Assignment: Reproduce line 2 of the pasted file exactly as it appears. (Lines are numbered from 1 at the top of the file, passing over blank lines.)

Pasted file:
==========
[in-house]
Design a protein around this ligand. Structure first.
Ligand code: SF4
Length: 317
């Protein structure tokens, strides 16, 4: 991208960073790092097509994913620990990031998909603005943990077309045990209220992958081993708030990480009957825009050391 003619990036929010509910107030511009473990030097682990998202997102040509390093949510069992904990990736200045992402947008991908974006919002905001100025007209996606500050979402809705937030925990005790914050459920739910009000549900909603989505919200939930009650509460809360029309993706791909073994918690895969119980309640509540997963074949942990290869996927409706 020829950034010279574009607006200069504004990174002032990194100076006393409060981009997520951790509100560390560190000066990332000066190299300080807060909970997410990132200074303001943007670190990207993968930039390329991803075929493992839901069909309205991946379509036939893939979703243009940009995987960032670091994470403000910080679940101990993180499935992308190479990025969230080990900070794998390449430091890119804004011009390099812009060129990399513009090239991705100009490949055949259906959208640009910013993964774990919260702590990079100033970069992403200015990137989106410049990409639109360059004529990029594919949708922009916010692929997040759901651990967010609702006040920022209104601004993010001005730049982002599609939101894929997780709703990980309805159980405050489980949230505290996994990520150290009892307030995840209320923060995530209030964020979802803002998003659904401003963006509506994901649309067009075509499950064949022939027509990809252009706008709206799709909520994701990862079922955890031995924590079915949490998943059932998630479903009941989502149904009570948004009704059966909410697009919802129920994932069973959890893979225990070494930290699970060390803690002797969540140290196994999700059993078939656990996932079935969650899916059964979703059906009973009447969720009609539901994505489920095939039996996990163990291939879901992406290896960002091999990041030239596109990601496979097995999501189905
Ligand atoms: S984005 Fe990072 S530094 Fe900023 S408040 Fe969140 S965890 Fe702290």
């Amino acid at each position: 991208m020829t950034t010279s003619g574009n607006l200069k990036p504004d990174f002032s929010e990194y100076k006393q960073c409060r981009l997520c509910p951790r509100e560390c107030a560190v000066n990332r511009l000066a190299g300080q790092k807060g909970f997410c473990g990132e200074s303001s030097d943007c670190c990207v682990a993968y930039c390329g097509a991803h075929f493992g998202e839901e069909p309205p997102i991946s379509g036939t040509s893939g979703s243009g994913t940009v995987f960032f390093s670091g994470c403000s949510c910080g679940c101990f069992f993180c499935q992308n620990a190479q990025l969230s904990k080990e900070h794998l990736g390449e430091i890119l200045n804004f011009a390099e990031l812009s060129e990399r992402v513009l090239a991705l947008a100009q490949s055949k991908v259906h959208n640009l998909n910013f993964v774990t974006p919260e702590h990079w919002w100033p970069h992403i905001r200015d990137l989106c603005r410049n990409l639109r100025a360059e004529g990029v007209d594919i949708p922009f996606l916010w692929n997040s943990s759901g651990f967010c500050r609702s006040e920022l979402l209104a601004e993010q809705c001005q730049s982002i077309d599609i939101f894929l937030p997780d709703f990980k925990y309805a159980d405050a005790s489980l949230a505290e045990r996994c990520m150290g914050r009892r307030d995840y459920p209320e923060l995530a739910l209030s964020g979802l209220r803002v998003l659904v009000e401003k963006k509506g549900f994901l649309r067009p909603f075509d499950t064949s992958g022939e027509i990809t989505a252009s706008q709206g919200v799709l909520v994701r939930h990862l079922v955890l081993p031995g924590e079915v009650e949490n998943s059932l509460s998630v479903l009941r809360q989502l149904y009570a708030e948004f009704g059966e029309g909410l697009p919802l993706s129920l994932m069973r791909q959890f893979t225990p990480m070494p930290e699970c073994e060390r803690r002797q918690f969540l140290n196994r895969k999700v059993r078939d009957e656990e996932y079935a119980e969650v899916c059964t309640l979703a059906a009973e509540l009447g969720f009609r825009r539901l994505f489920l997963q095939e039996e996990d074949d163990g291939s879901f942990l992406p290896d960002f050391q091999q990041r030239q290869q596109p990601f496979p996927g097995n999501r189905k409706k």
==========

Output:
Design a protein around this ligand. Structure first.